Lars Guthrie
Feb 03, 2009 rated it it was amazing
Don't be looking for a 'Combat' comic book, even though it's a comic book and even though it's about World War II. Most war stories probably don't fit the standard narrative (mine didn't) and Alan Cope's war story is almost peripheral, except that it is the genesis for a voyage of self-discovery that touches on gypsies, Henry Miller, and fundamentalist Christianity. The book's soul is Gerhard Muensch, a forgotten classical pianist and composer, who guides Cope toward art, life, and living. ...more
Dec 24, 2014 rated it really liked it
Unless you count illustrated classic comic books, this was my first graphic book (non-fiction or otherwise) and I loved it. A whole different experience in reading. And having been locked into digital, it gave me a renewed interest in picking up another print. Can't say the subject matter was all that exciting, though. It's just that Alan's life was interesting in a way that I think my own life could be interesting if told in an interesting way. ...more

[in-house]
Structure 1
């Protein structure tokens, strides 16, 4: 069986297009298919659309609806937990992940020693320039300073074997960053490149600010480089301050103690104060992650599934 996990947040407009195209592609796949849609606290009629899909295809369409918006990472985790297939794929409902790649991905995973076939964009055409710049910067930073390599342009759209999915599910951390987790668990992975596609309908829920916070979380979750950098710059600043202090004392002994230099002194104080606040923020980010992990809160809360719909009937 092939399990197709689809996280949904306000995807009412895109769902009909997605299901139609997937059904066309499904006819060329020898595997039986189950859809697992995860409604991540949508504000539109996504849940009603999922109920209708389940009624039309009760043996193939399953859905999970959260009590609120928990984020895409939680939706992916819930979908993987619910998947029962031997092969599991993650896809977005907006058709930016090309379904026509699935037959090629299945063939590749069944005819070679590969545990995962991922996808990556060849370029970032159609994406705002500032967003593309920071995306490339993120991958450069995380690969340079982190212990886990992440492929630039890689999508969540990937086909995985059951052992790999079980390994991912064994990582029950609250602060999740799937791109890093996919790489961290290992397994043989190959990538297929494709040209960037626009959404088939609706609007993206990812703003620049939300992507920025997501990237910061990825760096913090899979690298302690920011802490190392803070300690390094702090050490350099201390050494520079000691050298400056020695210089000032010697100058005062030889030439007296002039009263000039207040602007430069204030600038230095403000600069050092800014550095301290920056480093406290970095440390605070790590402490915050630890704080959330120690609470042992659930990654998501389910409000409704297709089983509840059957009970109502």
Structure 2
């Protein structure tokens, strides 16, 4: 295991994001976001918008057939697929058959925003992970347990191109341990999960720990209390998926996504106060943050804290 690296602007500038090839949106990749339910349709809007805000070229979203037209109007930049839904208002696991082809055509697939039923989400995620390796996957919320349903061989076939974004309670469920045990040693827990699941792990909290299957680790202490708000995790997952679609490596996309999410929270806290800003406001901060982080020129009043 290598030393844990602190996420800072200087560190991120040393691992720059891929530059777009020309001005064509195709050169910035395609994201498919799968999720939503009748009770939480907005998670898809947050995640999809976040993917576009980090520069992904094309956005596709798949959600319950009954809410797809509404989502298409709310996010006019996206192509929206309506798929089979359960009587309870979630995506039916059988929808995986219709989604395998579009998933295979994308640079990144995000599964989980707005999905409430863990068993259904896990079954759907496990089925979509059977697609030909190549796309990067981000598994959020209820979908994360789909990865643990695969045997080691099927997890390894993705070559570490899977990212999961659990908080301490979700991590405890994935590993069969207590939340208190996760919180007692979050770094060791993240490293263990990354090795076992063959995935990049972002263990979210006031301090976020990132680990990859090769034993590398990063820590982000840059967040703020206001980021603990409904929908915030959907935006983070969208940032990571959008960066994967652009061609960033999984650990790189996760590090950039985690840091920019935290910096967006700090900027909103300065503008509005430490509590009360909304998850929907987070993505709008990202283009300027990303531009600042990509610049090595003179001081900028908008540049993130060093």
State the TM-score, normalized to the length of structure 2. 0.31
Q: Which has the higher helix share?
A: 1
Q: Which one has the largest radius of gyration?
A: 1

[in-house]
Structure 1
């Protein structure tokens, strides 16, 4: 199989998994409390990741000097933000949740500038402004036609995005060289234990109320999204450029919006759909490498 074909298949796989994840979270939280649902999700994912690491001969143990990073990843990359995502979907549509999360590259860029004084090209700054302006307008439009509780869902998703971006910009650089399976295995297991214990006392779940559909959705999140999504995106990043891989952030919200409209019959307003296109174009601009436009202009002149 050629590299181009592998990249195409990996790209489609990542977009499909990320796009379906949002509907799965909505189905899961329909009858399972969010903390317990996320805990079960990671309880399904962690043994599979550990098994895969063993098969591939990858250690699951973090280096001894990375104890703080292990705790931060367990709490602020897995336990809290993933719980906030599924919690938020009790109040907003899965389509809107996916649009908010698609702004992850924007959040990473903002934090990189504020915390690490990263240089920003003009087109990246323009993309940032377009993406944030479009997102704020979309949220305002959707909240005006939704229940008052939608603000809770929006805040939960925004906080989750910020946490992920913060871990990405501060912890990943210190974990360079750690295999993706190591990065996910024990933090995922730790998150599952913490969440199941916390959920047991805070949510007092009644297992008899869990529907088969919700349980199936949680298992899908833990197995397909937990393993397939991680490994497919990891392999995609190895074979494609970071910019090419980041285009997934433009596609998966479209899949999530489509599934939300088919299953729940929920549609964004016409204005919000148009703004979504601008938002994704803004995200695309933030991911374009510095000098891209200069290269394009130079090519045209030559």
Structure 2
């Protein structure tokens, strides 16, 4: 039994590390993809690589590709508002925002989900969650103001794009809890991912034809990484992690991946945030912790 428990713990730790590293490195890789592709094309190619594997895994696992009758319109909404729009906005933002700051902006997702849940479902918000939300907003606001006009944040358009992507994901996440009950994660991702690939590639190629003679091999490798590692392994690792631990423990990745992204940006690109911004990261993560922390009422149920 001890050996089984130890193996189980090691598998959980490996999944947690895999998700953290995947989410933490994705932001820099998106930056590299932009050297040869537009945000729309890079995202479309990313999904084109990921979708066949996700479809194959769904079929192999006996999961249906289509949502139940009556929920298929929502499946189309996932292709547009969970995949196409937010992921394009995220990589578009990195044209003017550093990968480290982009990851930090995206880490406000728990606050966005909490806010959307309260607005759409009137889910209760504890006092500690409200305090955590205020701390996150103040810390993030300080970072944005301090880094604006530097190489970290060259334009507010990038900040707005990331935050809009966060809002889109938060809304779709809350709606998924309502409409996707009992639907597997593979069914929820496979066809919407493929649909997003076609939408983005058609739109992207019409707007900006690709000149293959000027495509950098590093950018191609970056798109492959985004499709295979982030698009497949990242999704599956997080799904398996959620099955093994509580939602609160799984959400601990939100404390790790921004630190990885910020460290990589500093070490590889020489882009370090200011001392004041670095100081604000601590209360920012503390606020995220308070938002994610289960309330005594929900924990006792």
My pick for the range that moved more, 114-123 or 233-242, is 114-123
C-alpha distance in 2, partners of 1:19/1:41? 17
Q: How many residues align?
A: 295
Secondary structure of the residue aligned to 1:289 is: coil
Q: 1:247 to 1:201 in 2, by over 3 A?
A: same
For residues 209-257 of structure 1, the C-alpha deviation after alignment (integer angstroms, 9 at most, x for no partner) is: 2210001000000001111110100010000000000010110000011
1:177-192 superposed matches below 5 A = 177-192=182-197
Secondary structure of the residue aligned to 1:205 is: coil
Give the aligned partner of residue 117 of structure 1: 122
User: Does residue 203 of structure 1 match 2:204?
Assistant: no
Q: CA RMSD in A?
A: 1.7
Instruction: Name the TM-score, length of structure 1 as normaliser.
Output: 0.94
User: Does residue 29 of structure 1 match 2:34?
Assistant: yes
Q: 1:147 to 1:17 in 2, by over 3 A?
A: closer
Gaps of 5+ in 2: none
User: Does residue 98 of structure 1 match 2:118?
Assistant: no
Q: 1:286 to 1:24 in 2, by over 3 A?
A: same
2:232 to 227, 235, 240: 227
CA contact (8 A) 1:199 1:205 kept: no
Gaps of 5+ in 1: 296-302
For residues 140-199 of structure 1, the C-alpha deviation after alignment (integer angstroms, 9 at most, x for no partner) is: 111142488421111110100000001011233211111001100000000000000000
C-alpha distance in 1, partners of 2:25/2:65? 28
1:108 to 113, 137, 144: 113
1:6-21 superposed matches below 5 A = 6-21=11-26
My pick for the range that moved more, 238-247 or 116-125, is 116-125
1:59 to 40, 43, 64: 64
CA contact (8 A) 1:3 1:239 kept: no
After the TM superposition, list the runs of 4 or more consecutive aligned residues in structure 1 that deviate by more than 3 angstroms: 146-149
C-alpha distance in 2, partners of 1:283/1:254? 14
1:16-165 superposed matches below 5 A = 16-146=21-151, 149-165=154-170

Ben Truong
Feb 22, 2020 rated it really liked it
Alan's War: The Memories of G.I. Alan Cope is a biographical graphic novel written and illustrated by Emmanuel Guibert, translated from the French by Kathryn Pulver, and collects all three issues of the series. It is about an American G.I. named Alan Cope and how the Second World War affected him.

Guibert writes and draws for American G.I. Alan Cope in this poignant and frank graphic memoir of young soldier who was told to serve his country during the Second World War and how it changed him forev
Elle Kay
Mar 02, 2019 rated it really liked it
Shelves: library-book
Alan Cope was a fairly average guy but through a lifetime of following his intuition and the chance for new experiences, he ended up living a fascinating life. This graphic biography came about through a chance meeting with Alan and the author during which directions were inquired about and good conversation ensued and ultimately, a friendship and book were born.

Alan's stories about World War 2 capture the imagination and this novel has perfectly captured the sense of someone after many years, r